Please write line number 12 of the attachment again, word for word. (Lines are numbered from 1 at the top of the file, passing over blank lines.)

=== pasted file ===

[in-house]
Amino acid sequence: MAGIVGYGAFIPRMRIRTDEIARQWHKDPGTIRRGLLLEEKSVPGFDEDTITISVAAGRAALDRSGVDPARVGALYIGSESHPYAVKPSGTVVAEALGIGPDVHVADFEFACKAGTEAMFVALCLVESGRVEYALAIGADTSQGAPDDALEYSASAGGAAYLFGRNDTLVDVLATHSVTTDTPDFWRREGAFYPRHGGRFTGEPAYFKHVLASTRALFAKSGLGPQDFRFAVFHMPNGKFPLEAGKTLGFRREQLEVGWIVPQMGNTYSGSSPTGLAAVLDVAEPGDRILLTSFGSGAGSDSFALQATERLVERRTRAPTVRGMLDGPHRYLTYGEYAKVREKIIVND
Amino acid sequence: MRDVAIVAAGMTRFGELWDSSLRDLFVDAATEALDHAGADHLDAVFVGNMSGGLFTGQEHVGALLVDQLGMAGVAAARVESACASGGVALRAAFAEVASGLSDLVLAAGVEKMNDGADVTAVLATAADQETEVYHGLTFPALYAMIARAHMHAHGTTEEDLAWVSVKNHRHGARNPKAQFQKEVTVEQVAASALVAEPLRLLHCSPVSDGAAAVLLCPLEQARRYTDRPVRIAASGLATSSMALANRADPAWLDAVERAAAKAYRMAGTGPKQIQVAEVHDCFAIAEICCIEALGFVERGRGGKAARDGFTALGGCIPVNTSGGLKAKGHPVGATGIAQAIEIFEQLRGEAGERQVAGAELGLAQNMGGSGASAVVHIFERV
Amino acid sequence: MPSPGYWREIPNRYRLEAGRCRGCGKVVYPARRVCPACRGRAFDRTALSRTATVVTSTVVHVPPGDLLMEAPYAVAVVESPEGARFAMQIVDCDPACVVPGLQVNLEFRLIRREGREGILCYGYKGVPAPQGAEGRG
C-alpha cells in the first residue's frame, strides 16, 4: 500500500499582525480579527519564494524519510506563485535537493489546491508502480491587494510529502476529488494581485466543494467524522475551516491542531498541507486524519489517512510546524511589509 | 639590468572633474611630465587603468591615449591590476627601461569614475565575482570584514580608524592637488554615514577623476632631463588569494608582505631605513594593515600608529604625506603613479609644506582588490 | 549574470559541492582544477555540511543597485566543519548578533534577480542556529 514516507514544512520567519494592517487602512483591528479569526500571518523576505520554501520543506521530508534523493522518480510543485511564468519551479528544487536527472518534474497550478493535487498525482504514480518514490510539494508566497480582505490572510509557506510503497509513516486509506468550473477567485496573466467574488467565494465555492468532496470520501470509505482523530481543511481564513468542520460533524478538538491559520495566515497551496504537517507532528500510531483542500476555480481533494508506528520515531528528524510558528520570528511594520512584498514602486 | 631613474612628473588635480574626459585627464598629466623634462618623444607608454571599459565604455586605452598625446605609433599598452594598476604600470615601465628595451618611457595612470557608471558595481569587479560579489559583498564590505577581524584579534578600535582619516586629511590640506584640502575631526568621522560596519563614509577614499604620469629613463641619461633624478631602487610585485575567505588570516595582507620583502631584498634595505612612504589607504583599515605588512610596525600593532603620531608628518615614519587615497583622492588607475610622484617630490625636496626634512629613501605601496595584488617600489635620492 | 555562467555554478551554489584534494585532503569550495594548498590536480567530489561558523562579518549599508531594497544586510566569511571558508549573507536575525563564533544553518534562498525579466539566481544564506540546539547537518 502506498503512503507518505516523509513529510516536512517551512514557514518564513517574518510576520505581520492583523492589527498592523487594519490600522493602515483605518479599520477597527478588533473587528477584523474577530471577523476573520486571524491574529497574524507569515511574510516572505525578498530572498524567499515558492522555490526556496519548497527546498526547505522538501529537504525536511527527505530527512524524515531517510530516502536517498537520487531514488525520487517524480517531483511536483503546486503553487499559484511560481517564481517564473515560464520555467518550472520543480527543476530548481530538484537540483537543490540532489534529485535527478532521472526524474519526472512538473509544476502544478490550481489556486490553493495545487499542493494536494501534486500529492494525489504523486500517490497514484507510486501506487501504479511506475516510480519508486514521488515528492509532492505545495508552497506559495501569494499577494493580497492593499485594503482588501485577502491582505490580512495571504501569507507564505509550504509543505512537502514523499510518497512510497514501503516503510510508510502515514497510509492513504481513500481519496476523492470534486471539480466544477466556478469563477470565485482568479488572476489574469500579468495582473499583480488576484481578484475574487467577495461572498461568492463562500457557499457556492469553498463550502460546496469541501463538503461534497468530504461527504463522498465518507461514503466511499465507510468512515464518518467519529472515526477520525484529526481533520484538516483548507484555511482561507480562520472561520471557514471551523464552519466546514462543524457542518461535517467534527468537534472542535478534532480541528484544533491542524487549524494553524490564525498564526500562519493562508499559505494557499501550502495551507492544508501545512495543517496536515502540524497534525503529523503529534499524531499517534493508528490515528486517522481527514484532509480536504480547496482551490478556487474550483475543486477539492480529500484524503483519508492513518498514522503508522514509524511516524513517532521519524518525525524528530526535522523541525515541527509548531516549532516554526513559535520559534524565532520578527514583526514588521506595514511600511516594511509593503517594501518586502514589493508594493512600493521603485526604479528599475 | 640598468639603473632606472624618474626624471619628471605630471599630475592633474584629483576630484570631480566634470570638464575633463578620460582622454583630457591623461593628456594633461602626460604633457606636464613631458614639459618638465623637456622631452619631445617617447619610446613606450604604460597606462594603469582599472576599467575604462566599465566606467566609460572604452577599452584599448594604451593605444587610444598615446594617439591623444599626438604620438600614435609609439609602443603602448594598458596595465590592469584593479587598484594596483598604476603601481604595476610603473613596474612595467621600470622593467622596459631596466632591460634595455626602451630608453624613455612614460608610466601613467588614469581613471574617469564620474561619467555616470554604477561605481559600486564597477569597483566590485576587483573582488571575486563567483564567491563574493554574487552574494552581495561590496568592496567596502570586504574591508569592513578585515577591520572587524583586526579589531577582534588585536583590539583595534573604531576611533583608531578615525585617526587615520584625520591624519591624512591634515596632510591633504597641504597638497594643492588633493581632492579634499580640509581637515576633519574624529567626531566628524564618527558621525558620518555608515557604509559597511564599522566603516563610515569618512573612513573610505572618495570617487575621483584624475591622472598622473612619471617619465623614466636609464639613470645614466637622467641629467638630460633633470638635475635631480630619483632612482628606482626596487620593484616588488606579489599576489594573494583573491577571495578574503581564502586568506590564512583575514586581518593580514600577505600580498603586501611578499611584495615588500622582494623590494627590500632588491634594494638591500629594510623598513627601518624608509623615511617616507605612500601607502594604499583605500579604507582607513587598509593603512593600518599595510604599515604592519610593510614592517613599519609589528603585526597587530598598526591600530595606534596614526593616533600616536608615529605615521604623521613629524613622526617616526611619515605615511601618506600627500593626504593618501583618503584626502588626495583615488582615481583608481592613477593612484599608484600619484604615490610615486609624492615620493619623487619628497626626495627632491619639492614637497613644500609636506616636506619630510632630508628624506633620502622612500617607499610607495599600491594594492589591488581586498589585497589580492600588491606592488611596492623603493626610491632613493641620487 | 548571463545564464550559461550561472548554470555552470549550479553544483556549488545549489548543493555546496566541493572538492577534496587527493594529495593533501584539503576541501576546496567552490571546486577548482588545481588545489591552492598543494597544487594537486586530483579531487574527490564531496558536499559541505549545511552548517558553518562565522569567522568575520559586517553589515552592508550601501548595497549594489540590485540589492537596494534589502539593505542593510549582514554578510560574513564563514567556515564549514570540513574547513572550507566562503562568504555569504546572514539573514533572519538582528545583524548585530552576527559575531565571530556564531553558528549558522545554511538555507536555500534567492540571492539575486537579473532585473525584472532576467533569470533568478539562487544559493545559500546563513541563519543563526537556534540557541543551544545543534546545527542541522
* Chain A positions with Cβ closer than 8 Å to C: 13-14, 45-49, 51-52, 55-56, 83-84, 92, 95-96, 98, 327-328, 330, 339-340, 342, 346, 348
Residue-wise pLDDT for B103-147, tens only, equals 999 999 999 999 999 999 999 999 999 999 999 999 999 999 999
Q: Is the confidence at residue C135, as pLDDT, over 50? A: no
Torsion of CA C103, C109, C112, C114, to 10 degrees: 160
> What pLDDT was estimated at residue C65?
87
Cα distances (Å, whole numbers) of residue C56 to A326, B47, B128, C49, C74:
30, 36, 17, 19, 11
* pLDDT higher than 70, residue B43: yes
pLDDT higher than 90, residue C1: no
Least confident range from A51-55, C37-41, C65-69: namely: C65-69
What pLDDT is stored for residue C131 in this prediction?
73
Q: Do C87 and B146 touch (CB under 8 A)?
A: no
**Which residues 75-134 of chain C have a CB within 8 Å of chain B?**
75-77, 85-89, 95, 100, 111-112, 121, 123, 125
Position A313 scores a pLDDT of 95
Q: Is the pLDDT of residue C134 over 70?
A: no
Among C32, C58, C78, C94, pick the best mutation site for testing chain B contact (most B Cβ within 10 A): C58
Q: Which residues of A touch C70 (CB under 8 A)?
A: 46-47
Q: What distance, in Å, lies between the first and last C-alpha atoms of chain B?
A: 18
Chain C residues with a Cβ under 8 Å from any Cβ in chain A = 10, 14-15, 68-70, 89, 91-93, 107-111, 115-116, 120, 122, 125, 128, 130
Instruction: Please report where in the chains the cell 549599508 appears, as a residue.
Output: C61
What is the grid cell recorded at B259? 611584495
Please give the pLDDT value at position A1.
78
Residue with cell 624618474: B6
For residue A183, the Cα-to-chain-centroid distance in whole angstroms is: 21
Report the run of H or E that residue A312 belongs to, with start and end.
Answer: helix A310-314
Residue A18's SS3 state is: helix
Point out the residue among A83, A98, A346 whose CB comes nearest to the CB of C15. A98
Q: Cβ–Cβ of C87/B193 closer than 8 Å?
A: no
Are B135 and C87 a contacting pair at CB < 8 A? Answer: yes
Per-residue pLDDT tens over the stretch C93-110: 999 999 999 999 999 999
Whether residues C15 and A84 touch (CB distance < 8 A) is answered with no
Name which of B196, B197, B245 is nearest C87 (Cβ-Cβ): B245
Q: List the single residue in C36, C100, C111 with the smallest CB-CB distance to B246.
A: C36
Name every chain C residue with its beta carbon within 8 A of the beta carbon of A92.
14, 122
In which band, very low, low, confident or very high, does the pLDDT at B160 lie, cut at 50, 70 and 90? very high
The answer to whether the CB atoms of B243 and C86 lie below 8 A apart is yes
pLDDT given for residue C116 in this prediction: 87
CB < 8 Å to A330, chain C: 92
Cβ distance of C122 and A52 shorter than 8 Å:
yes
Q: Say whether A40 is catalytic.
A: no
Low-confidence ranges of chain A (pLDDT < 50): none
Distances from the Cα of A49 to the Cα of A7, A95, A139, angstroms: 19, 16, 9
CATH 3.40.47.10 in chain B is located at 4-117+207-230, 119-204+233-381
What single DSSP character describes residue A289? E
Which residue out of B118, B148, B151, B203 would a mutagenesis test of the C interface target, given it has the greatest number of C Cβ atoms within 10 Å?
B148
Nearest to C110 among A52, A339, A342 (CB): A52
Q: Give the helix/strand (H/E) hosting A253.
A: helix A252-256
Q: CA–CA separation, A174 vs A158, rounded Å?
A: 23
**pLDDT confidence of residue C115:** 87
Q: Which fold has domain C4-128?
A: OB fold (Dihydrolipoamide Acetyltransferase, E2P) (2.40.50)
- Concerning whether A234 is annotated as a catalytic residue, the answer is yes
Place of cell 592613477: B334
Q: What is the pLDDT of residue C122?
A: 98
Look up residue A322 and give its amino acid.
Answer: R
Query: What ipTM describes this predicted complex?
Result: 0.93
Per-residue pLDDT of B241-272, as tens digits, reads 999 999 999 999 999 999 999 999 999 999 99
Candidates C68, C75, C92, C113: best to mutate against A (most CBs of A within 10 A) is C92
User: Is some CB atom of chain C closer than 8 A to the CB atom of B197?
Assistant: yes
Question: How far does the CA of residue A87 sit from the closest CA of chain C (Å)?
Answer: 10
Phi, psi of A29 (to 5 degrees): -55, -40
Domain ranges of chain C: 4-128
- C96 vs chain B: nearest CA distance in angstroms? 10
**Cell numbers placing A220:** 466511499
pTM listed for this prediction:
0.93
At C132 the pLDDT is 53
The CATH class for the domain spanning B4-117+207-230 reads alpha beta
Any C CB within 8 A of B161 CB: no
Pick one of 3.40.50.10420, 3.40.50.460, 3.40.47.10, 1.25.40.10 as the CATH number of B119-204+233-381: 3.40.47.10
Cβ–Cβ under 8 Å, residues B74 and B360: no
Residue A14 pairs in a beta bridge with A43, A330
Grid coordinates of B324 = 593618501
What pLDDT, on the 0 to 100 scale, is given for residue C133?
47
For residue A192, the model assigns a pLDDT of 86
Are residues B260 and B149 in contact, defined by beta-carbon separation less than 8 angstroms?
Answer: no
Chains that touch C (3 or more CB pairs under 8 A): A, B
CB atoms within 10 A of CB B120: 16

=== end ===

Cα distances (Å, whole numbers) of residue C56 to A326, B47, B128, C49, C74: